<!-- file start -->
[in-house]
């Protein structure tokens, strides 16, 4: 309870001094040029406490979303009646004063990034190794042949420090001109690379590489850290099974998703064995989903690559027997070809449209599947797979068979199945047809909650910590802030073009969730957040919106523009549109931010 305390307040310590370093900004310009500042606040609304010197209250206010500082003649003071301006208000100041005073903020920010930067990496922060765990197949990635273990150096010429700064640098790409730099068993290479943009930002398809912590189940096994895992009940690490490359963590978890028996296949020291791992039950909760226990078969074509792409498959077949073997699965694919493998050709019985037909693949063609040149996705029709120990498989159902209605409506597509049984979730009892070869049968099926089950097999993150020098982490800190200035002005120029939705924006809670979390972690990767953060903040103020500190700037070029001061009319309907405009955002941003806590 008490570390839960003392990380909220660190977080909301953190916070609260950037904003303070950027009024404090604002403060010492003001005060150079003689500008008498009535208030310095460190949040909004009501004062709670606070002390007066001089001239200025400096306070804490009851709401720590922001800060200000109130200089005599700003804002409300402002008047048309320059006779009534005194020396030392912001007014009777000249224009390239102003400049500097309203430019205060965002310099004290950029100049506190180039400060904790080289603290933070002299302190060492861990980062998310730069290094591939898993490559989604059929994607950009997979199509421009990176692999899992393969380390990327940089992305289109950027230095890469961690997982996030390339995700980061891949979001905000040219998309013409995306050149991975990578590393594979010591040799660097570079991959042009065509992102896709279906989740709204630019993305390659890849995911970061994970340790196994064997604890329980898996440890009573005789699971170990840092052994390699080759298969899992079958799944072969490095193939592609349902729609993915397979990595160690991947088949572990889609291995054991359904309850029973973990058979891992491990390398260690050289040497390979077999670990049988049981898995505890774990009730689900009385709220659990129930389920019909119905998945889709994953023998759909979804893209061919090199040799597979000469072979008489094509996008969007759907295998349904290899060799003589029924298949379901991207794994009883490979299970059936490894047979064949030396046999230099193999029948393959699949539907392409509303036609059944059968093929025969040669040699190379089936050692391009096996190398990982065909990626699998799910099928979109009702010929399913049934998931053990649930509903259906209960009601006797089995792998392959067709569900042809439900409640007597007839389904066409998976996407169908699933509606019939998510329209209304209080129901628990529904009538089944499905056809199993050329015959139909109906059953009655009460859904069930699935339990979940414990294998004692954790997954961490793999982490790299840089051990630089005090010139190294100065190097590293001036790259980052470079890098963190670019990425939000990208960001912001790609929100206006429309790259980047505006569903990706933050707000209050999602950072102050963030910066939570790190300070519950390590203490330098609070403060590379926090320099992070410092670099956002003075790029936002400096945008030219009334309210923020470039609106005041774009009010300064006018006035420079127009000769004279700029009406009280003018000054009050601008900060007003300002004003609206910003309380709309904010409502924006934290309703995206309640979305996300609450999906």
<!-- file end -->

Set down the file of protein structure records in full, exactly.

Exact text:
[in-house]
């Protein structure tokens, strides 16, 4: 309870001094040029406490979303009646004063990034190794042949420090001109690379590489850290099974998703064995989903690559027997070809449209599947797979068979199945047809909650910590802030073009969730957040919106523009549109931010 305390307040310590370093900004310009500042606040609304010197209250206010500082003649003071301006208000100041005073903020920010930067990496922060765990197949990635273990150096010429700064640098790409730099068993290479943009930002398809912590189940096994895992009940690490490359963590978890028996296949020291791992039950909760226990078969074509792409498959077949073997699965694919493998050709019985037909693949063609040149996705029709120990498989159902209605409506597509049984979730009892070869049968099926089950097999993150020098982490800190200035002005120029939705924006809670979390972690990767953060903040103020500190700037070029001061009319309907405009955002941003806590 008490570390839960003392990380909220660190977080909301953190916070609260950037904003303070950027009024404090604002403060010492003001005060150079003689500008008498009535208030310095460190949040909004009501004062709670606070002390007066001089001239200025400096306070804490009851709401720590922001800060200000109130200089005599700003804002409300402002008047048309320059006779009534005194020396030392912001007014009777000249224009390239102003400049500097309203430019205060965002310099004290950029100049506190180039400060904790080289603290933070002299302190060492861990980062998310730069290094591939898993490559989604059929994607950009997979199509421009990176692999899992393969380390990327940089992305289109950027230095890469961690997982996030390339995700980061891949979001905000040219998309013409995306050149991975990578590393594979010591040799660097570079991959042009065509992102896709279906989740709204630019993305390659890849995911970061994970340790196994064997604890329980898996440890009573005789699971170990840092052994390699080759298969899992079958799944072969490095193939592609349902729609993915397979990595160690991947088949572990889609291995054991359904309850029973973990058979891992491990390398260690050289040497390979077999670990049988049981898995505890774990009730689900009385709220659990129930389920019909119905998945889709994953023998759909979804893209061919090199040799597979000469072979008489094509996008969007759907295998349904290899060799003589029924298949379901991207794994009883490979299970059936490894047979064949030396046999230099193999029948393959699949539907392409509303036609059944059968093929025969040669040699190379089936050692391009096996190398990982065909990626699998799910099928979109009702010929399913049934998931053990649930509903259906209960009601006797089995792998392959067709569900042809439900409640007597007839389904066409998976996407169908699933509606019939998510329209209304209080129901628990529904009538089944499905056809199993050329015959139909109906059953009655009460859904069930699935339990979940414990294998004692954790997954961490793999982490790299840089051990630089005090010139190294100065190097590293001036790259980052470079890098963190670019990425939000990208960001912001790609929100206006429309790259980047505006569903990706933050707000209050999602950072102050963030910066939570790190300070519950390590203490330098609070403060590379926090320099992070410092670099956002003075790029936002400096945008030219009334309210923020470039609106005041774009009010300064006018006035420079127009000769004279700029009406009280003018000054009050601008900060007003300002004003609206910003309380709309904010409502924006934290309703995206309640979305996300609450999906």